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Independents will elect the next president


Fri, Aug 22nd, 2008
Posted in Commentary

"There is nothing which I dread so much as a division of the republic into two great parties, each arranged under its leader, and concerting measures in opposition to each other. This, in my humble apprehension, is to be dreaded as the greatest political evil under our Constitution."

-John Adams

A few months ago I got a call from an acquaintance inviting me to a public event.

"We need to make sure we get plenty of Democrats there," he said somewhat jokingly. The event wasn't a political one, so I was a little surprised when he made the Democrat reference. I suppose the man assumed that because of my anti-Bush, left of center political writing that I must be a Democrat.

I declined the invitation because of a conflict, but made a point of letting the man know that I was not a Democrat, had never officially been one, nor had I ever contributed to a Democratic political campaign. For the record, I have voted in every election since 1972, sometimes voting in the past for Democrats as well as a few Republicans. More often than not my vote has been cast for a default candidate - usually the one whose list of values most resembles my own - as the choice is usually limited to candidates of the two major parties.

The reality is that I, like most of the voting public, consider myself an independent.

In his book Independent Nation - How centrists can change American politics, John Avalon shows statistics from the National Election Studies program at the University of Michigan that in the year 2000, 40 percent of Americans voters described themselves as independents, 34 percent as Democrats and 24 percent as Republicans. And the trend is growing, as 44 percent of those aged 18 to 29 - the so-called Generation X - consider themselves independents.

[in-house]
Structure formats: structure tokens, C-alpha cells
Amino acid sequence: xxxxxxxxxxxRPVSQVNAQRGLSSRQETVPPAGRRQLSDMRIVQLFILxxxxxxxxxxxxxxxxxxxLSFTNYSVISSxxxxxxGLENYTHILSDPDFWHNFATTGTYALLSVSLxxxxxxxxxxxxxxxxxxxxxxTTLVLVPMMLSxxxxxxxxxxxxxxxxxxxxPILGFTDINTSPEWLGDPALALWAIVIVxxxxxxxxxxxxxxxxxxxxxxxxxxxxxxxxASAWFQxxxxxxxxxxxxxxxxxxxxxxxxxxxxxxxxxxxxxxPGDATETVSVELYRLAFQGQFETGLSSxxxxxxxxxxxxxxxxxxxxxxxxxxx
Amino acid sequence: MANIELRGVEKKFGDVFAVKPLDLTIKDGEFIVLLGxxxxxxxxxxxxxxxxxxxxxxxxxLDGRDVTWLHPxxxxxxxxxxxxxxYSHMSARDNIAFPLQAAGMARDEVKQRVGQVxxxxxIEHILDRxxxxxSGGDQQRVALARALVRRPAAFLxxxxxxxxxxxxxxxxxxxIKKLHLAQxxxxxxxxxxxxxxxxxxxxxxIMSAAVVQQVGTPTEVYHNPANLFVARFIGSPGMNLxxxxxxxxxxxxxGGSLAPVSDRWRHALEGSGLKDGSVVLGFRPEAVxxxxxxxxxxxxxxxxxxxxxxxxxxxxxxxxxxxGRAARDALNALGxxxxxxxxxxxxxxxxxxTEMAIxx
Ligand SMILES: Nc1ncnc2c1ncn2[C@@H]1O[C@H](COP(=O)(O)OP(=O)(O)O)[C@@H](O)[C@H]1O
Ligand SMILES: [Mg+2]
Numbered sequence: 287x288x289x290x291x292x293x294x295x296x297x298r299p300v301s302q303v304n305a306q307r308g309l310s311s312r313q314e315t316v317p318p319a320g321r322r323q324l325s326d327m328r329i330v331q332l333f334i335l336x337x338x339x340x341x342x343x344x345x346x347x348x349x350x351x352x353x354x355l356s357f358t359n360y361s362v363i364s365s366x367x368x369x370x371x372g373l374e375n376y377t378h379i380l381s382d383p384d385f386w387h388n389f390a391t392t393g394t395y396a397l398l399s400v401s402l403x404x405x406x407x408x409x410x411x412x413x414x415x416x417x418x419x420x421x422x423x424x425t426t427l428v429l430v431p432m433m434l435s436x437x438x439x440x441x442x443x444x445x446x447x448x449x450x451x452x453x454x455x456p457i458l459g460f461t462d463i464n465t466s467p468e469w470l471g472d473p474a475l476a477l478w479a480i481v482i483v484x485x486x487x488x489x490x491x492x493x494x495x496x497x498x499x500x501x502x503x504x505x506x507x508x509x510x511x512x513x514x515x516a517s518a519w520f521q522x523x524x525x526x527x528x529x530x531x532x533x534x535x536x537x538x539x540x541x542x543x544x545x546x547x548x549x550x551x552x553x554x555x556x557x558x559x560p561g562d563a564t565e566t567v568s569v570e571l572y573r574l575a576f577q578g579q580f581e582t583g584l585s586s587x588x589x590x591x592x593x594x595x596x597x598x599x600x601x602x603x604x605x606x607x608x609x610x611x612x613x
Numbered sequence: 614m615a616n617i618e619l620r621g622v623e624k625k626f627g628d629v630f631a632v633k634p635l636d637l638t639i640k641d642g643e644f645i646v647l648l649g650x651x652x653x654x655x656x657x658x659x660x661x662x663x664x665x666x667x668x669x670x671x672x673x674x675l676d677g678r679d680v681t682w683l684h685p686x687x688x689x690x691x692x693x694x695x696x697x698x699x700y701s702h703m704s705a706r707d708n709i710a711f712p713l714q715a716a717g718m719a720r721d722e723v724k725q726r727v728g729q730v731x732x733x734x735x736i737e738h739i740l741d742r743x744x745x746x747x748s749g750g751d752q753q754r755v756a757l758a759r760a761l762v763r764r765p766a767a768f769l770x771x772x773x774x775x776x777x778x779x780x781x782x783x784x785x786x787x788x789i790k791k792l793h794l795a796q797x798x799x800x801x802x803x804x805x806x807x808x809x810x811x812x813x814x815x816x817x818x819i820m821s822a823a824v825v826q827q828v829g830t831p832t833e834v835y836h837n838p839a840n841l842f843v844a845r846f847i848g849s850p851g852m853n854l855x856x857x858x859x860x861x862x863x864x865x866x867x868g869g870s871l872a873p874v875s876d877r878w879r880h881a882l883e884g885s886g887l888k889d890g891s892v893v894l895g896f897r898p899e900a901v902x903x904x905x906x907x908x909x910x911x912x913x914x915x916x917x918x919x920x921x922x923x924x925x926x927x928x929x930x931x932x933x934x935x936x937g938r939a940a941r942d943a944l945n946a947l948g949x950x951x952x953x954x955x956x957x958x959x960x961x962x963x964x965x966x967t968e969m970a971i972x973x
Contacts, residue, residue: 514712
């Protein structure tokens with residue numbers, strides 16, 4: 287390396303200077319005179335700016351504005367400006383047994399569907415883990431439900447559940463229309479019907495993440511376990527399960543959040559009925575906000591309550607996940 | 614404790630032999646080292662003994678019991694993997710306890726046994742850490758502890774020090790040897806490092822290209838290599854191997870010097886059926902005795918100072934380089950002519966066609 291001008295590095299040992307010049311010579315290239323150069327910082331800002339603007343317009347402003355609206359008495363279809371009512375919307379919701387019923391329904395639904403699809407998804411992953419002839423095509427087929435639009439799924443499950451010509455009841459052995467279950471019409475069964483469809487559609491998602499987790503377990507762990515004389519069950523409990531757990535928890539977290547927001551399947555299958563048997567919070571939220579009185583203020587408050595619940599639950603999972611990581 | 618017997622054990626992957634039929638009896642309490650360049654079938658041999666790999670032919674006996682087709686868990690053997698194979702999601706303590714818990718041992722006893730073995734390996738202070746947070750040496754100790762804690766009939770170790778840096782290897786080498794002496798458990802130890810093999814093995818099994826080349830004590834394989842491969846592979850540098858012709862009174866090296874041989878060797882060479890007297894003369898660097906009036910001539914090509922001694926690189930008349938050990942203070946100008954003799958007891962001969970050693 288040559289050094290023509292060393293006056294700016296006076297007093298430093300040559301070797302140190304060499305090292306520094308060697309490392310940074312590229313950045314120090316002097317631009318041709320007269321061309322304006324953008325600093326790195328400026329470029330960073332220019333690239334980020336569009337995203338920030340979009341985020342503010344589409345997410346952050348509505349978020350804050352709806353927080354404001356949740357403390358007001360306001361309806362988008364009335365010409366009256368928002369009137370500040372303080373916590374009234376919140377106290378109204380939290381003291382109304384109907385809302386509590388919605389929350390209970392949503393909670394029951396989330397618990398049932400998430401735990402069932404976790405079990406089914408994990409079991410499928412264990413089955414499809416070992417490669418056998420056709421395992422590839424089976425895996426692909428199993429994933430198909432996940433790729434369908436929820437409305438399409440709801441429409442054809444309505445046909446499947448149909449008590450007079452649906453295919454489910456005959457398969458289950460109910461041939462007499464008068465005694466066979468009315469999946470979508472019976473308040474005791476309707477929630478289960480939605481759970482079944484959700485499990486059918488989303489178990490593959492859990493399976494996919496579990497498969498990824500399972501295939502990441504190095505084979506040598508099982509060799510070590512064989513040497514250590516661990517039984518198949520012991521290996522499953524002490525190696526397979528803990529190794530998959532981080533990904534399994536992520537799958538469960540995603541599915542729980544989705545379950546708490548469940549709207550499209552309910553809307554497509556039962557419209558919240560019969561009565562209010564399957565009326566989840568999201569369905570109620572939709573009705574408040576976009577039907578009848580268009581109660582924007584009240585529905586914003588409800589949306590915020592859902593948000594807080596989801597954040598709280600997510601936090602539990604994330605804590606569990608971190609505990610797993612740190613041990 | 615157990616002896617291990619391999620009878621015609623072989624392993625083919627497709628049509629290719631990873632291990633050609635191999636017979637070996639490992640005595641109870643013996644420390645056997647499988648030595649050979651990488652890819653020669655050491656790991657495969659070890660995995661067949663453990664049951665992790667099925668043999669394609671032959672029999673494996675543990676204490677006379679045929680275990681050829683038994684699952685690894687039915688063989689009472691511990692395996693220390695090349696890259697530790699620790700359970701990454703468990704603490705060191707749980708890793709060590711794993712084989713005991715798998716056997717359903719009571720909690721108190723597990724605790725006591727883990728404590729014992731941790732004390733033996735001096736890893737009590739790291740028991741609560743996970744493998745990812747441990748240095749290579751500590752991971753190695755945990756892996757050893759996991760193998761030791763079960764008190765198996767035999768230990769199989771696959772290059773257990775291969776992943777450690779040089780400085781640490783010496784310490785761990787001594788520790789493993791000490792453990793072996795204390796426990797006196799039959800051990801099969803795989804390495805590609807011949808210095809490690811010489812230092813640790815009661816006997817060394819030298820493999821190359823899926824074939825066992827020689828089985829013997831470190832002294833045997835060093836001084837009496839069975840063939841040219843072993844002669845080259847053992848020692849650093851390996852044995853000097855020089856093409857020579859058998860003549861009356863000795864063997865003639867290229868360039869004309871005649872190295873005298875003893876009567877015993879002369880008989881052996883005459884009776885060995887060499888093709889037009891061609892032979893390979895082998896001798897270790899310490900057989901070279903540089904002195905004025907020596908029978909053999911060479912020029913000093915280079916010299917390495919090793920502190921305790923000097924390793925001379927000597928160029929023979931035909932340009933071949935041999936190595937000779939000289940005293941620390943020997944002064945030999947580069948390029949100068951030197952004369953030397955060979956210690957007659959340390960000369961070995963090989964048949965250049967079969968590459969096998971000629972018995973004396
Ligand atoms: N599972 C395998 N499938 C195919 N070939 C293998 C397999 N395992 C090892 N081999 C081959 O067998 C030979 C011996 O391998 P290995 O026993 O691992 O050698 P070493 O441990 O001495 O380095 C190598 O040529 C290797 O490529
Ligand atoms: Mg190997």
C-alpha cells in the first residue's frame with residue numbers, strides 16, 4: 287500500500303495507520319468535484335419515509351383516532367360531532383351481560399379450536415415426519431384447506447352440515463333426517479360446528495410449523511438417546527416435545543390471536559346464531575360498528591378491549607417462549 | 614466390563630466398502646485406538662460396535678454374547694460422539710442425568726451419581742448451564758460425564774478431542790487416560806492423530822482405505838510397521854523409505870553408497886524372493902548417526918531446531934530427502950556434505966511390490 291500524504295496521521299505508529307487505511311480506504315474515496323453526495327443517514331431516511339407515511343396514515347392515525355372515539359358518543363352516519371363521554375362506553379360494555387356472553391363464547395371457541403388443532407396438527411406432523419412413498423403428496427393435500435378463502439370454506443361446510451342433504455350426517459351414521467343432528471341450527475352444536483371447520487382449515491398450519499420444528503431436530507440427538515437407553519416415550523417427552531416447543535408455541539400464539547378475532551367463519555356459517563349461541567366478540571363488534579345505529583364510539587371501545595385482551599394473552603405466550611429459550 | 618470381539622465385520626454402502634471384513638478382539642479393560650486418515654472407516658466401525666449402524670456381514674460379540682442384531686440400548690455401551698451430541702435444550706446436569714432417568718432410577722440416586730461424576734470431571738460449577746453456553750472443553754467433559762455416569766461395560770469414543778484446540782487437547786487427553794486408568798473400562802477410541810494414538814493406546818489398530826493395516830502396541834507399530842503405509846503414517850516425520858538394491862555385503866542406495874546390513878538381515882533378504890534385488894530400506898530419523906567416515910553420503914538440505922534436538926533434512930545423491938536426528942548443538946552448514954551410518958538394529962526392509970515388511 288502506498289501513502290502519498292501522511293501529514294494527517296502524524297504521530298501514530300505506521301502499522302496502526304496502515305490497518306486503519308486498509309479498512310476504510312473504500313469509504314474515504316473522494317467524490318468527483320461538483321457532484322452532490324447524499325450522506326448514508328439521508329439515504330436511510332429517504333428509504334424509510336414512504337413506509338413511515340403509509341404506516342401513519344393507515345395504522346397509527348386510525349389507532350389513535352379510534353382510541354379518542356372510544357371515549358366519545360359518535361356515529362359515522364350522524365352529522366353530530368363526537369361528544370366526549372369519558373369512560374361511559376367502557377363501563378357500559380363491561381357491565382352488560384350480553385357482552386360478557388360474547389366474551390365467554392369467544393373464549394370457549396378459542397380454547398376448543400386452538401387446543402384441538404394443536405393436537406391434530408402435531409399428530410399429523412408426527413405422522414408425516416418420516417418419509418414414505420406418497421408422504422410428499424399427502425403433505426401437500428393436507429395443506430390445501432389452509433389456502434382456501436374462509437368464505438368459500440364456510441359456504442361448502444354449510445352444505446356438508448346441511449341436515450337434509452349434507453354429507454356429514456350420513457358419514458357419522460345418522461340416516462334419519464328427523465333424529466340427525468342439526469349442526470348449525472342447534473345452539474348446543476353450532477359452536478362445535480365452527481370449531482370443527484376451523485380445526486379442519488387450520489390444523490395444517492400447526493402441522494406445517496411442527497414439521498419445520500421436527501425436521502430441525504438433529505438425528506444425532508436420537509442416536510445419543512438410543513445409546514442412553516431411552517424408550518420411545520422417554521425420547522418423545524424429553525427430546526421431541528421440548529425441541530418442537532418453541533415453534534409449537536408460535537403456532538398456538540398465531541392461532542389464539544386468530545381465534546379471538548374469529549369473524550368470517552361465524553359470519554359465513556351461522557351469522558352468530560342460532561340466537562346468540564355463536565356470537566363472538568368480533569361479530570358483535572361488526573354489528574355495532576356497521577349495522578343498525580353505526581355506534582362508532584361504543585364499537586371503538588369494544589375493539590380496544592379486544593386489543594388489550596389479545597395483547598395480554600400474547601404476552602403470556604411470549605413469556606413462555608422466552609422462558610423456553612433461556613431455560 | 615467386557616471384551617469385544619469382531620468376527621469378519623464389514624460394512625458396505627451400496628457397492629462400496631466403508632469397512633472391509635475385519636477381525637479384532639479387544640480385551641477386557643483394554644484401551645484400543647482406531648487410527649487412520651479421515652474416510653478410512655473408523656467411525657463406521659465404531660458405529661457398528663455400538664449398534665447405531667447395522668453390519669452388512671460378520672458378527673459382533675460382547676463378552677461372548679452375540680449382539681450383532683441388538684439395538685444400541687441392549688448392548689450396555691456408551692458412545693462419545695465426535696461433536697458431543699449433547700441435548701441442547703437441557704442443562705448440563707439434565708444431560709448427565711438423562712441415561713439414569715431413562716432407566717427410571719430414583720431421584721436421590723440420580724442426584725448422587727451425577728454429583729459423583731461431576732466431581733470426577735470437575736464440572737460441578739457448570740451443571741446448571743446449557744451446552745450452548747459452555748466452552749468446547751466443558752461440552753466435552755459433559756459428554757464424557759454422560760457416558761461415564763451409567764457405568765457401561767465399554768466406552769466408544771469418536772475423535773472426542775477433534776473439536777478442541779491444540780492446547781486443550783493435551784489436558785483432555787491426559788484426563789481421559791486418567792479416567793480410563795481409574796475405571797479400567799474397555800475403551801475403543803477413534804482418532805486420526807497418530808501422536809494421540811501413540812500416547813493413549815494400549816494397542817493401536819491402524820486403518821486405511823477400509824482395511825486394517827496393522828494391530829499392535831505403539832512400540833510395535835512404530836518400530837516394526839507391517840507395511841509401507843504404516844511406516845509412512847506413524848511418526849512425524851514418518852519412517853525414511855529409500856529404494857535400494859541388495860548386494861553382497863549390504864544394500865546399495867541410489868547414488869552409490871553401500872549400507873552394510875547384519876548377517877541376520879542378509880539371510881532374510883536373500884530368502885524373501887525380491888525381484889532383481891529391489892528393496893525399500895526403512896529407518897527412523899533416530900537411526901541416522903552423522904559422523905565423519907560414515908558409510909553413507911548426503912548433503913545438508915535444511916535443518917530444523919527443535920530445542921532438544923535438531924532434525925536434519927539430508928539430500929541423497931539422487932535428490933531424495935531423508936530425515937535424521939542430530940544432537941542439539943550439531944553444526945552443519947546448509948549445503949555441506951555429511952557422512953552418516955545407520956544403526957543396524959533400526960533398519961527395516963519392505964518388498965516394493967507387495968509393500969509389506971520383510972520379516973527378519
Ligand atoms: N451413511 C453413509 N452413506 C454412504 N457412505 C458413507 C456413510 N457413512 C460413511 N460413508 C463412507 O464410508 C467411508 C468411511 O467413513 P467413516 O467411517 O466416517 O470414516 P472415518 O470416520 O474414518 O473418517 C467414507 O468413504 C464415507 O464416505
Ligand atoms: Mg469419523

As a group, independents share a common thread:

• More and more they believe that the two political parties are controlled by their partisan extremes and special interests.

• Most consider themselves political moderates or centrists, those in the middle of the political pack; the so-called bell in the bell curve.

• They possess no loyalty to the Democrat or Republican parties.

• They tend to believe in fiscal responsibility and social inclusiveness.

• They are fed up with politics as usual and willing to shake up the system.

"Not coincidentally, as our professional politicians have become more partisan, Americans have reacted by voting in a new era of divided government, balancing the power of the president with a Congress from the opposite party for all but six years since 1980," Avalon writes. He says that this is an attempt by voters to control extremists from each party highjacking the political agenda.

The danger to both candidates for President this year is that by playing to their partisan base they will alienate independents, the very voters who will elect the next president.

And these are some of the issues important to independents:

• resolving the war in Iraq;

• developing a long-range energy plan that is no longer oil-centric;

• revitalizing an economy that is plagued by crisis in our housing and banking sectors;

• addressing health care costs that continue to rise disproportionately to personal income;

• restoring America's diplomatic presence abroad; and, most importantly,

• bringing about change in how our government provides solutions to our nation's problems.

You won't see political advertisements from independents touting a particular candidate,you won't see independents reveling at any party convention, but they are out there standing in the wings waiting to elect the next president.Independents will elect the next president

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